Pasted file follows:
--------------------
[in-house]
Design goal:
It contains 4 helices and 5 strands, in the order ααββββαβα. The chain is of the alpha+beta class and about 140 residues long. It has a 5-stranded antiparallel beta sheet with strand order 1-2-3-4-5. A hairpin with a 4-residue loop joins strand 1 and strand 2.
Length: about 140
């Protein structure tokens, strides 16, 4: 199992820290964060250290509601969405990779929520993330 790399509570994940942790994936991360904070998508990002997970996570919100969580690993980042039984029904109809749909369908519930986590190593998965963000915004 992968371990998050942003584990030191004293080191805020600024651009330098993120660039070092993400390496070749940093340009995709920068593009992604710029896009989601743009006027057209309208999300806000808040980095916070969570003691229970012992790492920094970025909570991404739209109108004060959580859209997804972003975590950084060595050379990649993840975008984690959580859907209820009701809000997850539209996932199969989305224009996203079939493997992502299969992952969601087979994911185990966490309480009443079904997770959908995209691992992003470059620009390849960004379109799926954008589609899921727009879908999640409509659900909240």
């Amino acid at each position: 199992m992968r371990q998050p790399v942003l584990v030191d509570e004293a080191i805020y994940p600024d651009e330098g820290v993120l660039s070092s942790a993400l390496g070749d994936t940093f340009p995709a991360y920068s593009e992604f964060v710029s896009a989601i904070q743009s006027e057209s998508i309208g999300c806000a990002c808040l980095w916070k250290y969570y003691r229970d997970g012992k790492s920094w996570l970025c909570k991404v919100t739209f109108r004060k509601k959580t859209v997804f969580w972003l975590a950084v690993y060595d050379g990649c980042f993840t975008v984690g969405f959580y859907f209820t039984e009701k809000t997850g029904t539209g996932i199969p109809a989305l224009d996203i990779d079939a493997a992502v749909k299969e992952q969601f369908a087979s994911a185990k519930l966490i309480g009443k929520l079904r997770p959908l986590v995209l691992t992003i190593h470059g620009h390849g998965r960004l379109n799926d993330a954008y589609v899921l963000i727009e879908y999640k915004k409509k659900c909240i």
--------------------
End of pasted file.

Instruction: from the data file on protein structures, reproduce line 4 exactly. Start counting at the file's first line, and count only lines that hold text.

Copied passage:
Length: about 140